May 17 2016

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On this American life.

It has been months since I posted any thoughts on this site—months since I’ve written anything. Much has happened in the past couple of years that kept me away, and I will tell you in a few minutes, but let me start with something else.

Last Saturday, on NPR’s “This American Life,” David Rakoff described (in a re-run, I’m sure, for Rakoff died in 2012) his experiment in attempting to gain unusual mental clarity by engaging in a guided 14-day fast. We’re talking nothing but vegetable broth, fruit juice, and daily enemas. His goal was to dFasting 1uplicate—or to come close to—the astonishing results of famous fasts that brought Jesus, the Buddha, and other sages throughout history their profound enlightenment. Less famous but more accessible witnesses of such results were also available to David and Ira Glass (the show’s host) from fast participants who described moments of surpassing clarity, empowerment, and insight.

David dutifully, and as open-mindedly as he could, went through the full fast, and reported in the end that he felt physically good but had not experienced any heightened acuity. He was disappointed. He wondered if he’d done it wrong. Dr. Lisa Sanders, a diet expert present during an interview at the outset, said this to David and to us, the listeners:

I read about these holy people who fast for weeks at a time and have these visions. And you really don’t know what to do with it because you know that something happened to them, but they interpreted what happened to them through their spiritual interests. I’d be interested in seeing how a rationalist would interpret these same feelings.

In the end, she seemed to have her answer: When a “rationalist” did it, nothing “spiritual” happened. I have a different answer.

* * *

First of all, I do think David did it wrong a little bit. Part of his regimen was a daily reading of “spiritual literature” (while holding in his enema, but that’s a whole other discussion). David opted for The New York Times, and I believe that was a bad choice. Not because there is anything bad about The New York Times, but because that reading was designed to distance him precisely from the worry, stress, and scurrying of our daily political and cultural traffic that The New York Times delivers. You might notice that Jesus and the Buddha did not fast in the middle of a bustling city square. They withdrew, one to a desert, the other to a forest, where no criers would distract them, no relatives would impose upon them, no news would upset them, where the quiet of their resting bodies would match the quiet of their minds. David did not withdraw, and lack of food is not enough. A moment of enlightenment is a eureka moment, it is a flash of perspective upon the larger picture of the world, for which one must soar above the world to be seen—and we cannot soar above the world in the minutiae of which we are immersed. Forest. Trees. You understand.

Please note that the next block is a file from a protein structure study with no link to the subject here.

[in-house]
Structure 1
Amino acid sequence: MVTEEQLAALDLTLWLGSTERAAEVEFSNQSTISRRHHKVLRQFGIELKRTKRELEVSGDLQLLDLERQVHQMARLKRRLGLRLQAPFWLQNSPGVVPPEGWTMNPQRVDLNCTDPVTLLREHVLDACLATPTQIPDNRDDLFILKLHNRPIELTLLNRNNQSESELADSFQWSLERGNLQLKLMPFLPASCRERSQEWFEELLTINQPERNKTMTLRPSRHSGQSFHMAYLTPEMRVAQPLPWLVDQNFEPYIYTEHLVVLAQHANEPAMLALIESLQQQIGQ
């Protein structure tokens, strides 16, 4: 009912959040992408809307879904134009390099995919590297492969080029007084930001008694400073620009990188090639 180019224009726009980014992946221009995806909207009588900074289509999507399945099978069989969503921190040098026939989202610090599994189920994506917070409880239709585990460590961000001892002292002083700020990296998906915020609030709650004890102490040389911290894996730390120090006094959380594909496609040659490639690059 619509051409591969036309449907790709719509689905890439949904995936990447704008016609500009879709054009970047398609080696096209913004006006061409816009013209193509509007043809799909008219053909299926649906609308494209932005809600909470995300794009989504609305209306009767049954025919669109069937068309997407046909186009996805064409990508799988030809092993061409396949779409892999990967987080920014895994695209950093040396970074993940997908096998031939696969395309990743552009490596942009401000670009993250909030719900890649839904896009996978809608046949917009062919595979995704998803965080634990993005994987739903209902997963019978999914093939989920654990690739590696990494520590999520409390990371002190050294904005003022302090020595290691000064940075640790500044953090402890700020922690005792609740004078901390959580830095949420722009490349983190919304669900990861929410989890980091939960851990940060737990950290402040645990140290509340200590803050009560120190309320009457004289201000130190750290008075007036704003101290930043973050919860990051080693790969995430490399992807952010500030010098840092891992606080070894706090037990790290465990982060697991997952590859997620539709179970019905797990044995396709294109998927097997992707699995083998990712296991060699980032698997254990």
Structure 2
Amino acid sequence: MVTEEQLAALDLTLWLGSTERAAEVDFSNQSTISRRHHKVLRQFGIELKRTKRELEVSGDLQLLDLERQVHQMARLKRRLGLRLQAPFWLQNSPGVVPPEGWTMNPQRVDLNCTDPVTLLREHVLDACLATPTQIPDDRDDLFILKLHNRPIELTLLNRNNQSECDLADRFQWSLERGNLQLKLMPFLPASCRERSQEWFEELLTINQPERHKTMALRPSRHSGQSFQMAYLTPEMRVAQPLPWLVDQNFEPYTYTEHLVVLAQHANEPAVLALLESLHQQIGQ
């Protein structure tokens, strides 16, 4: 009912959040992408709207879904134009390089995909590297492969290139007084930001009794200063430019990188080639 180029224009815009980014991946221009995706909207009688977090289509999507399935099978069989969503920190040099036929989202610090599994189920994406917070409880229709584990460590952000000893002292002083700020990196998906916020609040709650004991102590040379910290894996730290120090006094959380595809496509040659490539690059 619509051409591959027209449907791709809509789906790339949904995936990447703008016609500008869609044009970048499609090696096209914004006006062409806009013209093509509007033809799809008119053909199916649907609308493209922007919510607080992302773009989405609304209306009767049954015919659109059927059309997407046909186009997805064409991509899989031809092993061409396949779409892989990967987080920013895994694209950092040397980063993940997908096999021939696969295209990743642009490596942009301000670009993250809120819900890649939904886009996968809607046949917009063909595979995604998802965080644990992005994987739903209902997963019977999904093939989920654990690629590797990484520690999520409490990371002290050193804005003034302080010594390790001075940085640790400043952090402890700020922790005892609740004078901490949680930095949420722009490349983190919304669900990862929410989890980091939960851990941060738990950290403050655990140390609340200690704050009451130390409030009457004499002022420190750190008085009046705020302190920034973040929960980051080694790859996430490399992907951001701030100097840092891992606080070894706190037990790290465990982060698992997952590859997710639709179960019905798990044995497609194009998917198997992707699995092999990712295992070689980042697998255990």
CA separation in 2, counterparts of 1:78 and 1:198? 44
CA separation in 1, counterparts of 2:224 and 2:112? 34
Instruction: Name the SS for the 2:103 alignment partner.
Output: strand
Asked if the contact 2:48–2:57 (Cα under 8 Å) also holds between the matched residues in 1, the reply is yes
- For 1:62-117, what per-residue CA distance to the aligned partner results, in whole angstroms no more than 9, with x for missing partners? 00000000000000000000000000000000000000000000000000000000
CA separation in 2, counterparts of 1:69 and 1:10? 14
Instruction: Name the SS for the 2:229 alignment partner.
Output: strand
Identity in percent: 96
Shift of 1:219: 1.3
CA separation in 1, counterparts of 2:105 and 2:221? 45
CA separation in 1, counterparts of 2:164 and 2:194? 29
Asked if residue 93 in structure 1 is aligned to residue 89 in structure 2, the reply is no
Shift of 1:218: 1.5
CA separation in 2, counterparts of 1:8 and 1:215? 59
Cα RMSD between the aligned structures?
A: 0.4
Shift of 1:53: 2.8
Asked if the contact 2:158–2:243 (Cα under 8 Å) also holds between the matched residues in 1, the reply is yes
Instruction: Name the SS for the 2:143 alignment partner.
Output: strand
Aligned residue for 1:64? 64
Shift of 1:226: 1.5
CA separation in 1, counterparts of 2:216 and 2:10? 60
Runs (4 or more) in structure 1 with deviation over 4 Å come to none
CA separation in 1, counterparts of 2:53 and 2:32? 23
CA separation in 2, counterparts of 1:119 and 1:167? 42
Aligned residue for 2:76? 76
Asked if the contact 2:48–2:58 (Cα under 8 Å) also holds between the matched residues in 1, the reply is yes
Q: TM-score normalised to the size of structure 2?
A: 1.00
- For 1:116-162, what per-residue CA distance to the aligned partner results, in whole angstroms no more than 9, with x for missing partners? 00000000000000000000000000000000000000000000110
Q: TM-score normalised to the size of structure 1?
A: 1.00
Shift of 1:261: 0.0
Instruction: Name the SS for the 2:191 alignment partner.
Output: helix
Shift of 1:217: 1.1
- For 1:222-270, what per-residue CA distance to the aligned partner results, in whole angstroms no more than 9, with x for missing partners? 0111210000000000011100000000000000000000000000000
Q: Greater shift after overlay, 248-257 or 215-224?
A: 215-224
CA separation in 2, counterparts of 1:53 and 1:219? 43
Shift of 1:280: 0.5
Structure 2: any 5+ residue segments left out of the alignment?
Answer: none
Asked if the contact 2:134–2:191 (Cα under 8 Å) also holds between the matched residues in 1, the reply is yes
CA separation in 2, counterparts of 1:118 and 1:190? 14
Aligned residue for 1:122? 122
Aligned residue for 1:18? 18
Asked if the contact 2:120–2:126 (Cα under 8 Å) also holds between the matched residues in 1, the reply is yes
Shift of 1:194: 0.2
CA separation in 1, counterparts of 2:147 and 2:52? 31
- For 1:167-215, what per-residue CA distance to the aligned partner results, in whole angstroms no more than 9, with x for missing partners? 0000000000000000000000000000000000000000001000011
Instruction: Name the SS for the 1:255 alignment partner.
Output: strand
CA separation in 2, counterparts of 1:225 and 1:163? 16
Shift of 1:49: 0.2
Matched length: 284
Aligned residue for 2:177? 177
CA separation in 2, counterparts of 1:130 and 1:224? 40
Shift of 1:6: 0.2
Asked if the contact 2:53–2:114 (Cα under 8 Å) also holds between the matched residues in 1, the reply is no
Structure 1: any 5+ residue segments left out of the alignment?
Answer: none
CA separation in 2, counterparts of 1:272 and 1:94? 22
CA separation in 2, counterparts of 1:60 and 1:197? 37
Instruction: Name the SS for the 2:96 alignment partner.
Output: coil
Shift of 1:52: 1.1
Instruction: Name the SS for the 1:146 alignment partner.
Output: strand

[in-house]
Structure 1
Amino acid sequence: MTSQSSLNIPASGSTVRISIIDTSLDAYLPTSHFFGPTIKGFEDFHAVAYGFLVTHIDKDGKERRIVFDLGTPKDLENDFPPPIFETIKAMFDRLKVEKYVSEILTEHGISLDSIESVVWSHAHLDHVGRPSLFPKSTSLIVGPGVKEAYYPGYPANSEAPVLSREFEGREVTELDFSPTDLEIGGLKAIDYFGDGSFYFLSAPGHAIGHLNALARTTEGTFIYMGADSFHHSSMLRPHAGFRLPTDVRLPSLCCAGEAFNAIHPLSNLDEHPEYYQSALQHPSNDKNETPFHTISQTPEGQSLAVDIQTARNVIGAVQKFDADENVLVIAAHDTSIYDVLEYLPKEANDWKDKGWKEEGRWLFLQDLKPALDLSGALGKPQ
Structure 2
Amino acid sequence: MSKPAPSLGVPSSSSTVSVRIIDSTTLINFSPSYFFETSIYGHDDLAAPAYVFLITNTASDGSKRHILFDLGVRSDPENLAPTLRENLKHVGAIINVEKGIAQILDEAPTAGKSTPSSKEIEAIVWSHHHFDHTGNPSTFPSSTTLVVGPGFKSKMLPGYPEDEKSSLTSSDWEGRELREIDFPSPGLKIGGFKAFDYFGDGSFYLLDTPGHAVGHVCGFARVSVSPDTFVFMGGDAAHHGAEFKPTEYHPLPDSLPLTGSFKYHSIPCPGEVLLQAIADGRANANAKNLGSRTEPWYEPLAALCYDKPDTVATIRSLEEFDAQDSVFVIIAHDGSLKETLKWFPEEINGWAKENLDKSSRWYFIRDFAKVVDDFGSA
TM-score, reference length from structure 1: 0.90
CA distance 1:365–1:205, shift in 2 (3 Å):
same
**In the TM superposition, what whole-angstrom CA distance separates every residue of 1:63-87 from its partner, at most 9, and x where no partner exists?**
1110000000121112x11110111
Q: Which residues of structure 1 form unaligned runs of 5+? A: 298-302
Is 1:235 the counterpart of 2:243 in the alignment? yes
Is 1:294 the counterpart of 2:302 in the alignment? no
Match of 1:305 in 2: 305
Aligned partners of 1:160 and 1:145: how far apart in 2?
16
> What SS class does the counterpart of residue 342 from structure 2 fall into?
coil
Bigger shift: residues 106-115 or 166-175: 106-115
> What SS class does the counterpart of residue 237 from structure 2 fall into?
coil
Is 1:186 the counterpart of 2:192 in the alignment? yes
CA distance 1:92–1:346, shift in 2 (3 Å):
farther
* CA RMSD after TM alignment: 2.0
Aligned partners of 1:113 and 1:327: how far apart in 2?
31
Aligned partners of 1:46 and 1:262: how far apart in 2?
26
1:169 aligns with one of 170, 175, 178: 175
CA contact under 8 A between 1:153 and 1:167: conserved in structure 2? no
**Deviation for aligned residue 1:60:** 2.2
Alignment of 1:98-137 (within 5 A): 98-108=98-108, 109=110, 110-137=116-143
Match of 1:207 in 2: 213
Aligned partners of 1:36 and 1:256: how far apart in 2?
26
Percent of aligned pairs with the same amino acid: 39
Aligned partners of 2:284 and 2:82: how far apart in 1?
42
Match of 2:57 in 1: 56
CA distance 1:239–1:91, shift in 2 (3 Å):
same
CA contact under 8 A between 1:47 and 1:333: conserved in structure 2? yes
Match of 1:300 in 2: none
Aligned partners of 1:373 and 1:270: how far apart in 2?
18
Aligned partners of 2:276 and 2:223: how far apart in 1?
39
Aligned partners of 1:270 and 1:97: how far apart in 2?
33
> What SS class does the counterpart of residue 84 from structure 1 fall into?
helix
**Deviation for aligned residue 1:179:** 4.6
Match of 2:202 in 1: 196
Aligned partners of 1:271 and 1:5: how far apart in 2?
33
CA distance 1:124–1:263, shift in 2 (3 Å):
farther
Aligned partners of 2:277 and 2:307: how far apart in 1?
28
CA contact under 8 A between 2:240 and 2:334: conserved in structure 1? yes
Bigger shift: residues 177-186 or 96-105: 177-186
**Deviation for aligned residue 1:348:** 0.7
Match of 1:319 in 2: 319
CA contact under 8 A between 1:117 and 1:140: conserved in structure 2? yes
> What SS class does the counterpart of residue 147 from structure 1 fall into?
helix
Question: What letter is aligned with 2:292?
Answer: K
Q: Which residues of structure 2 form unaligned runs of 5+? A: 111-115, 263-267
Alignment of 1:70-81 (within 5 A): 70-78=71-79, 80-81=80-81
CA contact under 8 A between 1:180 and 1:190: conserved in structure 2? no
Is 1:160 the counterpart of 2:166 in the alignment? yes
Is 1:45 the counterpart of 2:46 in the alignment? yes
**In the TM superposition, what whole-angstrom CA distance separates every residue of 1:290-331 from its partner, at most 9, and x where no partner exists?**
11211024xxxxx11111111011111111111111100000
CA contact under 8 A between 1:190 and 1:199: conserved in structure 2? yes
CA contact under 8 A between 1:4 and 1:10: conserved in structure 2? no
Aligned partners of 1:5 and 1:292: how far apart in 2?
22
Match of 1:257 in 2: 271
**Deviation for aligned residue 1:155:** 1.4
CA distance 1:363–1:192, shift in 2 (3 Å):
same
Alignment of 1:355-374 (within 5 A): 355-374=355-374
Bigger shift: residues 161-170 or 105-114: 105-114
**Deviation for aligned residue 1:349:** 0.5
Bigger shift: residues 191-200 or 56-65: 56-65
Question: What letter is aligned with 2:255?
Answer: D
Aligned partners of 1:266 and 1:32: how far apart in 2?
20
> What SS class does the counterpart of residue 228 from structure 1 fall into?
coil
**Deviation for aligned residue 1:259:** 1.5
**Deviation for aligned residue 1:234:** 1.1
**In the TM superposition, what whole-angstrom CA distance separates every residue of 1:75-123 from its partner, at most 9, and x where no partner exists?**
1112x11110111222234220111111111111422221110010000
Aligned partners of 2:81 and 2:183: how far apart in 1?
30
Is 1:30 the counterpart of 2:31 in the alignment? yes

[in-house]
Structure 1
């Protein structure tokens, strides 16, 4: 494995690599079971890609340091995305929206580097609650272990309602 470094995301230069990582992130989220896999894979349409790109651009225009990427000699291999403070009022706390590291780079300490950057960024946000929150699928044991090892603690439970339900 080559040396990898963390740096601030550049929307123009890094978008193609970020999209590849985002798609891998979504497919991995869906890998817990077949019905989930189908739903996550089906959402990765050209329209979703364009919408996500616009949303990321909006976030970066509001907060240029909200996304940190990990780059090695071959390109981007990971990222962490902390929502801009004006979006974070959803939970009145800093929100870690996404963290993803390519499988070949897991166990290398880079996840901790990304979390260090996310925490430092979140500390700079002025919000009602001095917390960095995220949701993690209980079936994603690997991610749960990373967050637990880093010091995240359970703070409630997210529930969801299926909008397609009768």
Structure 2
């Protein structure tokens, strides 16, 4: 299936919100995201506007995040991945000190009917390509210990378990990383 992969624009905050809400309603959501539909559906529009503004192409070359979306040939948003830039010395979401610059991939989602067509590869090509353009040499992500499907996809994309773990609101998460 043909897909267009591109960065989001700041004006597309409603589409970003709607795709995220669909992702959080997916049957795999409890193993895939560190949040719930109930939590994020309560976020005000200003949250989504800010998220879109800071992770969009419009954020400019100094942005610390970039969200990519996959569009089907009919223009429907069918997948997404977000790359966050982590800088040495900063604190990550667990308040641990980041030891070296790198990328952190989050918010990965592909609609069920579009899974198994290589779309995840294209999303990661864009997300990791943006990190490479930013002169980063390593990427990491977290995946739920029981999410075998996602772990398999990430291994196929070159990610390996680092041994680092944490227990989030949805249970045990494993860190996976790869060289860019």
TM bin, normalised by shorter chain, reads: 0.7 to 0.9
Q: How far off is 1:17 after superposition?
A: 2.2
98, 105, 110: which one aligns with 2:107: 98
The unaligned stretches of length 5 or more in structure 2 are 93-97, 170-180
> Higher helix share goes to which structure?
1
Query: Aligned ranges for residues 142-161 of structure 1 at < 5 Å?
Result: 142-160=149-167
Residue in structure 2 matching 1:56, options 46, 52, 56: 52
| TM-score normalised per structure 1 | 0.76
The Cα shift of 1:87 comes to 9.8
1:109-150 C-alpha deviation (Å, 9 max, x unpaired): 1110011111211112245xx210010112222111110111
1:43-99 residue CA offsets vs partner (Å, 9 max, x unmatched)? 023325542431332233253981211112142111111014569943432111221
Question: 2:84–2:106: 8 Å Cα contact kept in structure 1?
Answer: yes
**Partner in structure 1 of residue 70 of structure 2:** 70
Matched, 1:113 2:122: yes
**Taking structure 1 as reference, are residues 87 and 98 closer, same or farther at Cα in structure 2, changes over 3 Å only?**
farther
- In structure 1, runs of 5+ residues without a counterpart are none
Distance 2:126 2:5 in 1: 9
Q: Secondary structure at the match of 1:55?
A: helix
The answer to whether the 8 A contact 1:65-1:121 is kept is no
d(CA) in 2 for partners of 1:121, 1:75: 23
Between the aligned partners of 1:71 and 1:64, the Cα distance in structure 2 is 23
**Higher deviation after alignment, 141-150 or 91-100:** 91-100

* * *

Now, second. Dr. Lisa Sanders appears to think that “spiritual interests” are the purview exclusively of non-rationalists. “Believers,” perhaps? People already predisposed to have visions and interpret them irrationally. Where does this leave her poor “rationalists” I am not sure, but I say, spirituality is a universally human attribute as much as rationality is. We express our knowledge and our beliefs in different terms, which certainly don’t have to include words like “God,” but very few of us truly consider human beings biological machines with nothing ineffable or more complex to us than that. And that “more” is spirituality. One doesn’t have to give up rationality to be a spiritual being.

* * *

And finally, third. This is my real answer to Dr. Sanders. This is a pattern and a problem that I’ve seen occur again and again: Yes, this happens to rationalists. But when it happens to a rationalist, the rationalist begins to describe the experience in terms that sound “spiritual,” so other “rationalists” no longer consider him “rationalist,” and the experience is now supposed to have happened to a “believer” and no longer counts. And the other “rationalists” keep pondering the question of what a rationalist would say when the answer is right in front of them.


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We have this problem because we have too sharp a line of demarcation between belief systems, terminologies, worldviews. Because we believe in paradox. Because when we think we are beginning an experiment with an open mind, we’re really not. For a mind to be open, it must be willing to be changed completely and forever, expanded into any realm—never seen before, or seen as unworthy.

I am not an expert on diets, nor on fasts. I am an expert, relevantly here, on one thing: what happens when this happens to a rationalist. Because it happened to me.

When it happened to me a little over six years ago, I was not physically fasting, but I was going through something quite analogous. I had hit bottom, as they say, in the course of my PTSD, my depression, my struggle to survive and to understand why I kept struggling to do it. I walked out of therapy, slammed the door, and stopped. Everything. I did not know what to do or what I needed, just that I needed to stop. For about two months I lived a life of near-complete inner silence. It was entirely intuitive: I ate, though little, I went to work, I saw my family, and that was it. I did and spoke the required minimum, did not read or watch TV, did not see friends, go to therapy, write, or go out. I did not argue with anyone about anything—and if you know me, you realize the significance of this statement. I just… floated. Weightless in some mental, emotional suspension. I waited, didn’t know for what.

I didn’t know it then, but I went on a spiritual fast—a resting state that quieted down the desperate chaos in my head, my heart, and my body, and for the first time in my life it allowed me to stop shouting at… pick your word: God? Universe? Reality? Myself? And for the first time, I listened. This is what a fast, a real fast—a fast that’s a retreat—allows you to do.